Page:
Use Data To Drive Improvement
Why Do You Need Measurements?
The best quality improvement initiatives are driven by data! Why? Well, how are you going to know how much you have improved if you don’t measure something?
All of you have been exposed to measures in many situations. Most of them were important. In school, you were graded. Perhaps you own shares of stock; how do you measure the success of the stock — its increase in value, a measurement. How do you know if your team wins? By its score, a measurement. The fact is that many daily activities in life have accompanying measures to judge their success.
You might argue that you know if things are getting better; you can just tell. I am sure that you can. This is not enough, though. In the healthcare field it is important to measure improvement. One reason to do so is to prove to others that things are improving. For instance, suppose you are in charge of implementing electronic health records in a hospital setting. You meet resistance from several staff members, including a large number of doctors. How can you overcome this resistance? Collect data — lower percentage of wrong prescriptions, for instance — from a pilot program of willing participants and then demonstrate the positive benefits with your data. With such results in hand, you will overcome many doubters.
Another reason to measure improvement is to demonstrate the saving of time and money. With healthcare costing so much today that many find care out of their price range, it is important to find ways to lower costs. For instance, suppose that staffing at your facility is very expensive; the payroll costs are way over budget. I recently read of a Lean Six Sigma project that demonstrated through the use of data collecting by staff charge nurses that staffing shortages and costs were significantly reduced. The right staff was present when needed and the facility eliminated the need for using short-term staffing of nurses through agencies; this saved a great deal of money. Besides lowering costs, staff morale improved significantly at this site.
What Should You Measure?
To make significant quality improvements, you should be actively measuring. The most common measurements are costs in providing a service, time taken in providing a service and various measures of patient health, such as the lung capacity of asthmatics. You can also measure improved bottom lines. One doctor I know improved his income 38% in 5 years by working hard to adopt quality measures in his solo practice. Many ER’s now boast of how they have significantly decreased waiting time for patients. One such local hospital did so well that they were overwhelmed by the increase of demand for service at their ER. You might want to measure if eliminating repeated tasks in scheduling could improve processing time, improve the patient experience, or save costs.
Once you have decided what to measure, you should first measure the variable (cost, time, etc.) as it is in the state before you begin an improvement initiative. This is a baseline against which you can measure your improvement. As you begin and proceed through a quality improvement effort, keep track of the measures and see what improvements occur.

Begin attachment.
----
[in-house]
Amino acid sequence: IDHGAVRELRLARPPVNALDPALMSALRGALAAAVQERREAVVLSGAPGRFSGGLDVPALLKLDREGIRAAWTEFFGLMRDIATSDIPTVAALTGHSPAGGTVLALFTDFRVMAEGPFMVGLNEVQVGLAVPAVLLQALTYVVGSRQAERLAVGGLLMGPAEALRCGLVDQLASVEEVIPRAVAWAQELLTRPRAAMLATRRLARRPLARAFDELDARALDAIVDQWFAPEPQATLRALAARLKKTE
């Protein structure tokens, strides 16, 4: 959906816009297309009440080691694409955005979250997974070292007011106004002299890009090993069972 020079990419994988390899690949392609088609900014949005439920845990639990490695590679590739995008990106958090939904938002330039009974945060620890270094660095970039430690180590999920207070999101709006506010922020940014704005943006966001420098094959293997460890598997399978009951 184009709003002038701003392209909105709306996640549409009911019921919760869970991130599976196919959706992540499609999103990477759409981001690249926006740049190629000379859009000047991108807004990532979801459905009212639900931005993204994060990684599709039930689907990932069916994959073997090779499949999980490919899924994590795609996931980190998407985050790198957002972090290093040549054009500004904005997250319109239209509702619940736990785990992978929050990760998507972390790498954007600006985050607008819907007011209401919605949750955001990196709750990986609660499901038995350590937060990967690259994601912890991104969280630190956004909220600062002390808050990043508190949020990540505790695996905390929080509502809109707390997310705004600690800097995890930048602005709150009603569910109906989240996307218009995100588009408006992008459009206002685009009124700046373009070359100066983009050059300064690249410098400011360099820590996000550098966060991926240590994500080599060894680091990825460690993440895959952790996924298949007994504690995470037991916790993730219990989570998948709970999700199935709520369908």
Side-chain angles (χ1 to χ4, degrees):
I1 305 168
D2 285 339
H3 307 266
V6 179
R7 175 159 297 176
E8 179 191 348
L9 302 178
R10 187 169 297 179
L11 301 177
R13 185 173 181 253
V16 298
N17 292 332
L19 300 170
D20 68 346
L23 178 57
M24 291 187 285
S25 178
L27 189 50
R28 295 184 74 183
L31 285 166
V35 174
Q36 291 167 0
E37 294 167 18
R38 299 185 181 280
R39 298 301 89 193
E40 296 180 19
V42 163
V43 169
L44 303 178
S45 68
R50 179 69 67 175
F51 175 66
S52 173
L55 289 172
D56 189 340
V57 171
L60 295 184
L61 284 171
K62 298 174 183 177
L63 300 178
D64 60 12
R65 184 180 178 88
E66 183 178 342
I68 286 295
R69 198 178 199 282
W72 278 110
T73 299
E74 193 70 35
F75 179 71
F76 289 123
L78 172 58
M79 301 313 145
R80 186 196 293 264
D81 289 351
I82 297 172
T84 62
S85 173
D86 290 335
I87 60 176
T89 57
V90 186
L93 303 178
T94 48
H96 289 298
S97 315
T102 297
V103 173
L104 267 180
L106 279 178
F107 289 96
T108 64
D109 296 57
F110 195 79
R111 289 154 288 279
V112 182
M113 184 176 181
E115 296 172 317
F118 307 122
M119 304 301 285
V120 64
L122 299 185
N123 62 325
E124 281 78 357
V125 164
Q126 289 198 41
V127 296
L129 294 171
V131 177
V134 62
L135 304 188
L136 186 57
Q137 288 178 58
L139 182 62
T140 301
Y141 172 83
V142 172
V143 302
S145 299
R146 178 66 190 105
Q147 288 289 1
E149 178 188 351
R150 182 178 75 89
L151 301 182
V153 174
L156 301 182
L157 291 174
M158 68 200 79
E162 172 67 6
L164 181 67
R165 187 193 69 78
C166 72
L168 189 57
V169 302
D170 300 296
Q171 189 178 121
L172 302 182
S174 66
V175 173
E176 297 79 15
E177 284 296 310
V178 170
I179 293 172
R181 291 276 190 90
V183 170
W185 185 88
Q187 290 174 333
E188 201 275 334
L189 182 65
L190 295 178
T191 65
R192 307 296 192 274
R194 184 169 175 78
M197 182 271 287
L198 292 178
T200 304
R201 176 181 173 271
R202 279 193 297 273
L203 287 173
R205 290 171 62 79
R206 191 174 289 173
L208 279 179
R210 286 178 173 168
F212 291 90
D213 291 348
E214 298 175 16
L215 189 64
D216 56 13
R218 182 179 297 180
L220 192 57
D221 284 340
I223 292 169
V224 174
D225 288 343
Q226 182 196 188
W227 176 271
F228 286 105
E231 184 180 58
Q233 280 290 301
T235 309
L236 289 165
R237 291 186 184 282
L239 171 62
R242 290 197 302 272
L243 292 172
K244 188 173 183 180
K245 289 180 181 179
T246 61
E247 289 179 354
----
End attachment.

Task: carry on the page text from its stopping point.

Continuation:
Collecting the Data
With the help of the Internet of Things (IoT) manual data entry is rarely needed anymore. Virtually anything connected to the internet has an event log that can be downloaded and transformed. If the information collected is a relatively small set manual calculation of KPIs may work for your company short-term. However, process analytic software is able to take information, combine it, and output KPIs. By using this type of software early, real-time analysis and monitoring are available later on to ensure that you are aware when you reach your goal. Additionally, it will be easier to compare your progress down the line because it will allow for a side by side analysis.
Using Data for Continuous Improvement
Continuously monitoring the process even after the goal has been reached will help keep you from backsliding to the old ineffective state. Backsliding is all too easy. It is hard to break old habits but keeping data and continuous monitoring will help you. This is, in fact, what drives the success of many programs, such as Weight Watchers.
Data driven change is the best way to approach quality improvement. It is the only way that will concretely demonstrate how you are progressing and will prove to others that your company is doing much better.
How do you plan on having your data help guide your measurements for improvement?
About the author
Ryan Raiker is an accomplished business consultant with experience working with small and medium enterprises. Ryan has worked in project management in State, and Local government. He studied Business Analytics and later earned his MBA from Widener University in Chester, Pennsylvania. Currently Ryan is focusing on Brand Management and Product Development for TimelinePI.